Effective Urban Elementary Teachers of Inquiry Science: Beliefs, Knowledge, and Resources Shaping Teacher Planning

Elaine M. Silva Mangiante, Rhode Island College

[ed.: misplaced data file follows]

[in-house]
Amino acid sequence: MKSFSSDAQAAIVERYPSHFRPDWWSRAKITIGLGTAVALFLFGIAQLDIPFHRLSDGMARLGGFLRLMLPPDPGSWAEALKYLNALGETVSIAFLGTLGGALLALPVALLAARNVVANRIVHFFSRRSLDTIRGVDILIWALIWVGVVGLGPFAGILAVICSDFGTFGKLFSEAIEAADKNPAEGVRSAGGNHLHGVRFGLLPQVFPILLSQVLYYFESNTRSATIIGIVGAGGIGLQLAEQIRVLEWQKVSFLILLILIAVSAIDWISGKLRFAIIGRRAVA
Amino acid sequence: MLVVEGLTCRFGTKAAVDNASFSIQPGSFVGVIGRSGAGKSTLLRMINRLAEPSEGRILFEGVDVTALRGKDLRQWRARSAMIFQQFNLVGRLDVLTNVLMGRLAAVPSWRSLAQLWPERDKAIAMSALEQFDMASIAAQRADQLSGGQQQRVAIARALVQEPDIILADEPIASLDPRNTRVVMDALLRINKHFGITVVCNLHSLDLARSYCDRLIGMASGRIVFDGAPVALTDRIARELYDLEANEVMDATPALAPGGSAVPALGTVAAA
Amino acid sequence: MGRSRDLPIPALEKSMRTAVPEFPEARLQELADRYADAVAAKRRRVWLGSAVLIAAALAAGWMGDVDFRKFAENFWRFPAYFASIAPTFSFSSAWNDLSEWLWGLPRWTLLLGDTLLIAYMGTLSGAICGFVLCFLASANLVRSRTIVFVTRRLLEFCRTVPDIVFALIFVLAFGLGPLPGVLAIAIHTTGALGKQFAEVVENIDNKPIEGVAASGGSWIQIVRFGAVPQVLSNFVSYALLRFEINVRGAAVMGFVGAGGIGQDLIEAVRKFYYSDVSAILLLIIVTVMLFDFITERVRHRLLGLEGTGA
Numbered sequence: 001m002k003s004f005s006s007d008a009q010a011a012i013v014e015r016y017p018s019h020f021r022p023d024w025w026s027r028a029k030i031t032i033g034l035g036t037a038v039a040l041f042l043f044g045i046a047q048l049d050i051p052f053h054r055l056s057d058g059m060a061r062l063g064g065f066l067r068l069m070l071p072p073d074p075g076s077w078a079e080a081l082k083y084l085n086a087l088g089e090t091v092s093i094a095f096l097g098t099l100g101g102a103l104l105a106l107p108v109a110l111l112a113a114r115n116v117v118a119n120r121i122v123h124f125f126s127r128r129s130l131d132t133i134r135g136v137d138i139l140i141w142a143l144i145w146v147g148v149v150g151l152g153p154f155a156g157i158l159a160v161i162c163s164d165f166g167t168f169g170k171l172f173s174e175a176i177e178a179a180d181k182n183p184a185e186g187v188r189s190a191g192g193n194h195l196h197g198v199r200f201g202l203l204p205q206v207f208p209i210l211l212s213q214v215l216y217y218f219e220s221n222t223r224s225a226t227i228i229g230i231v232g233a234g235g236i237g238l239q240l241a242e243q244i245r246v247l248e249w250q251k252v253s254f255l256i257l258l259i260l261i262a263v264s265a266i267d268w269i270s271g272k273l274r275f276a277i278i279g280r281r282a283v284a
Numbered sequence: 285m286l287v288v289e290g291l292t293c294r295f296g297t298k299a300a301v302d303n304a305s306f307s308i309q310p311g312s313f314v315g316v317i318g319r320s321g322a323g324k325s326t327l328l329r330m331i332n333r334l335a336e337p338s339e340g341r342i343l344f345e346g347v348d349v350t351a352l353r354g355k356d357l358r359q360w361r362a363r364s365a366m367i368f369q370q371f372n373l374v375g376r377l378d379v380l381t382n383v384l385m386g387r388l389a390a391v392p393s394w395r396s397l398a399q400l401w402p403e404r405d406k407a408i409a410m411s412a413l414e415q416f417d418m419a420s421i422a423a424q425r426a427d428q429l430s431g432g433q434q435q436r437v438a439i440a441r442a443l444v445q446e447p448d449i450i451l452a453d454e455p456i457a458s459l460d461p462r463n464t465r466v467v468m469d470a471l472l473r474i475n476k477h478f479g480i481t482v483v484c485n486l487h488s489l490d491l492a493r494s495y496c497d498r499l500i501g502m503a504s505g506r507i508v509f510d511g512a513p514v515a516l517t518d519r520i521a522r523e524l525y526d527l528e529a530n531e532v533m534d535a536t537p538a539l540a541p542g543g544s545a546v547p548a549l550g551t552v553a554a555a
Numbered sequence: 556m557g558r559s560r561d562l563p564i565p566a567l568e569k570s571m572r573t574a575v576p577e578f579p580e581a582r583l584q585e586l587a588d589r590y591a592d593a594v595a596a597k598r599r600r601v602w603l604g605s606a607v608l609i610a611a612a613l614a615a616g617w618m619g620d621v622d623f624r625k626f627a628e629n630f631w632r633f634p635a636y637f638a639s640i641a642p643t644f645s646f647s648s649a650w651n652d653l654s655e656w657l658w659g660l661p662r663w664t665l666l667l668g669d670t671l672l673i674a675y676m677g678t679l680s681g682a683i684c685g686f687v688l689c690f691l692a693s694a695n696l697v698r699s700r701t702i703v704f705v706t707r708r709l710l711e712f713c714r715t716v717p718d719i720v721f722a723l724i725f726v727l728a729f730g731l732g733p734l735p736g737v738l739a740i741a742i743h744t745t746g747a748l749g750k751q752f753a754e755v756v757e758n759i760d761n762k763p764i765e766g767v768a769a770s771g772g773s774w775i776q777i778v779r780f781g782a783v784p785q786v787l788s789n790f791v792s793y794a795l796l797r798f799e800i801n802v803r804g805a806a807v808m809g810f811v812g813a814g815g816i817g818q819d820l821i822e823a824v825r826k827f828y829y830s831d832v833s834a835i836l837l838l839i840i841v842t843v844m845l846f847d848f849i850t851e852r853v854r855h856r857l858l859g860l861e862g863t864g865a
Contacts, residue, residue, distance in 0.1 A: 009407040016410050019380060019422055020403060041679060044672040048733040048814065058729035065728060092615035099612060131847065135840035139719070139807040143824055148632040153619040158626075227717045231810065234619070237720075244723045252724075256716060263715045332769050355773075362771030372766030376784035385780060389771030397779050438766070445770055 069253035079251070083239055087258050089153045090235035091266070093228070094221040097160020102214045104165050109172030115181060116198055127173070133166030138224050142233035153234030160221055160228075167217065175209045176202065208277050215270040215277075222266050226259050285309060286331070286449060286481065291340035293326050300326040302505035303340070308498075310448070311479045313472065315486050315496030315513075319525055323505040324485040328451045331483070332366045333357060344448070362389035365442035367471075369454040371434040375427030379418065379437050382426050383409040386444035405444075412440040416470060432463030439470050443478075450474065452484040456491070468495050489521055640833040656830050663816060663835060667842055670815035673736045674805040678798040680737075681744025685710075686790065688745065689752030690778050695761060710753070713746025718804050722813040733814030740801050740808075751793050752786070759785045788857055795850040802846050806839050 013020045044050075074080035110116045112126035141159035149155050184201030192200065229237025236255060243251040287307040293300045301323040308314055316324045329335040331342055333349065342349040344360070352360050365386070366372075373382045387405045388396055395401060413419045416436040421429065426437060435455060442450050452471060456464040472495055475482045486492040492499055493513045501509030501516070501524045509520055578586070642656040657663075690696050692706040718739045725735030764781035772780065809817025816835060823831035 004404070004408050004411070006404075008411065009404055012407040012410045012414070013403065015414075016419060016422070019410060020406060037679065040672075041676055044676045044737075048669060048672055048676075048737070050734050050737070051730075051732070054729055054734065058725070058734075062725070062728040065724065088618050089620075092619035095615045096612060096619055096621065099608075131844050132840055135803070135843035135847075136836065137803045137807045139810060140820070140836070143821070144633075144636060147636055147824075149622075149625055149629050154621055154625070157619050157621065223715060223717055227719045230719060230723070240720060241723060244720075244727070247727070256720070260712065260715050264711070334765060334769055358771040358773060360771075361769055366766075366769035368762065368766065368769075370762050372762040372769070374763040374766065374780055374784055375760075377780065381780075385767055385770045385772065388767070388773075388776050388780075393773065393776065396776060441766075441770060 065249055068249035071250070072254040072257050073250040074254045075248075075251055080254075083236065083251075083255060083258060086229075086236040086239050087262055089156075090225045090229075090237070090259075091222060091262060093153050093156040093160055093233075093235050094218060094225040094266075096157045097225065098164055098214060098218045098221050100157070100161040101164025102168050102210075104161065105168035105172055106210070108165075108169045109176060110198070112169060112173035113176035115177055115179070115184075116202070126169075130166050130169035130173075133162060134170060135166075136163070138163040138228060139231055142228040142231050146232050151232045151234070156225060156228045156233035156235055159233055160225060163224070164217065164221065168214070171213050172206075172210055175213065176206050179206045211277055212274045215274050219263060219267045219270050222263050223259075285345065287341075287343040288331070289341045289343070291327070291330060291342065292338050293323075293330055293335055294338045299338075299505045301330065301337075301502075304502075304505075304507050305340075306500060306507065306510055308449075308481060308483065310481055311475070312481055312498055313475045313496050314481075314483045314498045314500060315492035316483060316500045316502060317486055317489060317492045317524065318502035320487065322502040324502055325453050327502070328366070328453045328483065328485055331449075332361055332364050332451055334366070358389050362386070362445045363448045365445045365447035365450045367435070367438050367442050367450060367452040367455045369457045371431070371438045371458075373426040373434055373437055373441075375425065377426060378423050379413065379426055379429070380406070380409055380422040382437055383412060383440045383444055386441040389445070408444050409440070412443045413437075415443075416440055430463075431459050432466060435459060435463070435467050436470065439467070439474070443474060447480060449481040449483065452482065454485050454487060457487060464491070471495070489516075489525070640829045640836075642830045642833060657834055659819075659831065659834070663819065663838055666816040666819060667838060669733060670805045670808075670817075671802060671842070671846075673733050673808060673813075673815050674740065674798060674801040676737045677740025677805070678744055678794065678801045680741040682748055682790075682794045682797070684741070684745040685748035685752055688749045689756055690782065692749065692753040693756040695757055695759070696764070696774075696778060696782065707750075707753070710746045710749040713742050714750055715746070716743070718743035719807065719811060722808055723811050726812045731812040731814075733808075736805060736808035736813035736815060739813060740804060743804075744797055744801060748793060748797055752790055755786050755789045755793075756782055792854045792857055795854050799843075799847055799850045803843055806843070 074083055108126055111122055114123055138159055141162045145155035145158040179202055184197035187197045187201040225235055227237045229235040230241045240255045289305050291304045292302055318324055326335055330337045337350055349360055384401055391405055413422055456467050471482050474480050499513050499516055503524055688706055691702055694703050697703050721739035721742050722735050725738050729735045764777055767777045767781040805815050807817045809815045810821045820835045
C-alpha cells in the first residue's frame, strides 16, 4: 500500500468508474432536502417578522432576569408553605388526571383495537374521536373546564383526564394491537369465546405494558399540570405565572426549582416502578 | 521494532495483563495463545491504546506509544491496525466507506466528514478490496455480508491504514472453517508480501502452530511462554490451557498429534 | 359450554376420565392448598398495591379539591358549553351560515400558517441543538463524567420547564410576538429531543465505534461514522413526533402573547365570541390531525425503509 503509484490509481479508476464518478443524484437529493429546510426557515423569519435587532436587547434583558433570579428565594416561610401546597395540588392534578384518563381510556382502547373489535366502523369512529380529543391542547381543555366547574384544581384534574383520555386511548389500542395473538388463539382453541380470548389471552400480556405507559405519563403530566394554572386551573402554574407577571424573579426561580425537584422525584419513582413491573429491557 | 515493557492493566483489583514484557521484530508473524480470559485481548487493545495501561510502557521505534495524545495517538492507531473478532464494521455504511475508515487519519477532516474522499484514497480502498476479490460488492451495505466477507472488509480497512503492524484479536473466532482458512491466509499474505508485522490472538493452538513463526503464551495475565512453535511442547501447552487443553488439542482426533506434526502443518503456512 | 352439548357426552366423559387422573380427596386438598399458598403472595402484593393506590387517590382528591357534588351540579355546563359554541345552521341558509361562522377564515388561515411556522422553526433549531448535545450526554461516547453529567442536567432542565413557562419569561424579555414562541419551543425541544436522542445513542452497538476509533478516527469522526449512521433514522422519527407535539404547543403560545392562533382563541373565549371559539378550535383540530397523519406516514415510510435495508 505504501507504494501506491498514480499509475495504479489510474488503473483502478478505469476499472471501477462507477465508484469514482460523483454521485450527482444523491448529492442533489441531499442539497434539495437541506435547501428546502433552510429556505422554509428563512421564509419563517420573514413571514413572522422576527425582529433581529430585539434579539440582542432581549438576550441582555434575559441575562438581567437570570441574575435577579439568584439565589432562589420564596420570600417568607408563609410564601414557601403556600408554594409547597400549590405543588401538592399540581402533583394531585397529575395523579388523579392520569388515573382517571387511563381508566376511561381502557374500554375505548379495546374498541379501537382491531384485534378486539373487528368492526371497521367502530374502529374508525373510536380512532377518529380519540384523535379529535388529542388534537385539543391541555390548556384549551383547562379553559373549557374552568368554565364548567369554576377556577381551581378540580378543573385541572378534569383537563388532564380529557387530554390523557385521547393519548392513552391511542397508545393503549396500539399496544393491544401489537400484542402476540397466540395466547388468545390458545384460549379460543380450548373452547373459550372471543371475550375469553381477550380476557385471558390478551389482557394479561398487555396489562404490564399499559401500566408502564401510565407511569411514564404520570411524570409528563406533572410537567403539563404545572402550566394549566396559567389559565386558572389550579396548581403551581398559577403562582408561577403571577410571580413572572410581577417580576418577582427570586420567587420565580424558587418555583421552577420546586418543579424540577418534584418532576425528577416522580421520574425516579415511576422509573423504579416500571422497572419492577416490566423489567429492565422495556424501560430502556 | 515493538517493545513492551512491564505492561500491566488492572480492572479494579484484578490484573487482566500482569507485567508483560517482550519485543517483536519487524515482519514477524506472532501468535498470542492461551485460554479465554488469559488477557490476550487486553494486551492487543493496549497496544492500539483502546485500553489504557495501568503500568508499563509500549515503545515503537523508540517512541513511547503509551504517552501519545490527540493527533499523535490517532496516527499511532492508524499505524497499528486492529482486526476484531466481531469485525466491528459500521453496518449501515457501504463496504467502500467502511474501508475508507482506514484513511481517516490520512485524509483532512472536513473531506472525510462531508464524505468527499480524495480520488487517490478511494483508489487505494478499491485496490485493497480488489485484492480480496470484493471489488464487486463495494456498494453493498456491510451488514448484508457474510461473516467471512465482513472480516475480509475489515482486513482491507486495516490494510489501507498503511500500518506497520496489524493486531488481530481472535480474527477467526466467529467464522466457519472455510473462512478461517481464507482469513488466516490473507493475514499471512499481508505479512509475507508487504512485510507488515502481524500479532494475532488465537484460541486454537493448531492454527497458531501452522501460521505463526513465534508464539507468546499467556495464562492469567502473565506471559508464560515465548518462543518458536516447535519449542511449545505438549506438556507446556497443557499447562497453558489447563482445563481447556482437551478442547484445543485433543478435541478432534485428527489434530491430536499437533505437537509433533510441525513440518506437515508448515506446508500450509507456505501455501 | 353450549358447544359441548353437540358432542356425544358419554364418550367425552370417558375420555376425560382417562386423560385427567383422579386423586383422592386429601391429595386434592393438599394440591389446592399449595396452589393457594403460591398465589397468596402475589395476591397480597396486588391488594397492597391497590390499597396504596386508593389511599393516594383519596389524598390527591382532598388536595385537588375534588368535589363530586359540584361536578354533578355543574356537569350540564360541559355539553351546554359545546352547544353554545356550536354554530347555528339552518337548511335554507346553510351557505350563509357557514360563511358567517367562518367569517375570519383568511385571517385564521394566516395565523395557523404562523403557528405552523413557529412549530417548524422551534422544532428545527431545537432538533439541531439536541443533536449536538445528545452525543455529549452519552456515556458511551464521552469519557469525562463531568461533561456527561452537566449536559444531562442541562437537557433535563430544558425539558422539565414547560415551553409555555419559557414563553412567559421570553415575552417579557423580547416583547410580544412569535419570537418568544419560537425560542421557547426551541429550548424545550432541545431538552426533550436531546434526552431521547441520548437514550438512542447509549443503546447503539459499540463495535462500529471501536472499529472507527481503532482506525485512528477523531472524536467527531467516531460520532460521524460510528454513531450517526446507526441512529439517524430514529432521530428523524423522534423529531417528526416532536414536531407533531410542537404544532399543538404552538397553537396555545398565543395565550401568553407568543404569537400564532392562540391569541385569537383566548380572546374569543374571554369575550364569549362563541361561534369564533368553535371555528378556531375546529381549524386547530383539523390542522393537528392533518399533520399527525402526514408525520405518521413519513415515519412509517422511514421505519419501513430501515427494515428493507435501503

One understudied area in science education is the planning for science inquiry practices by urban elementary teachers despite limitations they face such as accountability pressures or resource availability. This multi-case study examined the planning for inquiry science lessons by two upper elementary teachers identified as effective in inquiry science instruction in urban schools. The conceptual framework employed for the study included teachers’ beliefs, knowledge, and agency with resources as contributing factors to urban teachers’ planning decisions for inquiry science. Through interviews, observations, and document analyses over the course of a science unit, the findings indicated that these effective urban elementary teachers of inquiry science were committed to providing their students with student-centered learning experiences in order to grow their scientific literacy skills. From analysis of the themes that emerged from the individual cases as well as the patterns held in common between the cases, the evidence suggested four key components that describe the nature of the inquiry science planning by these effective urban elementary teachers. The components included the macro level of teacher preparation in (a) making sense of the inquiry process through social processing with colleagues and experts and integration of professional development initiatives, and (b) establishing the mission of inquiry learning for students involving critical thinking skill development and opportunities for success. The results also indicated the micro level of (c) planning lessons daily, weekly, and for the unit considering a complexity of factors including knowledge of students, content, pedagogy, the standardized science test, as well as the roles of the teacher and students while (d) navigating obstacles of the accountability climate, restricted time, and limited resources. Recommendations were made for how to apply the results of the study to professional development, human resource development, and social networks to support urban teachers in their inquiry science teaching practice.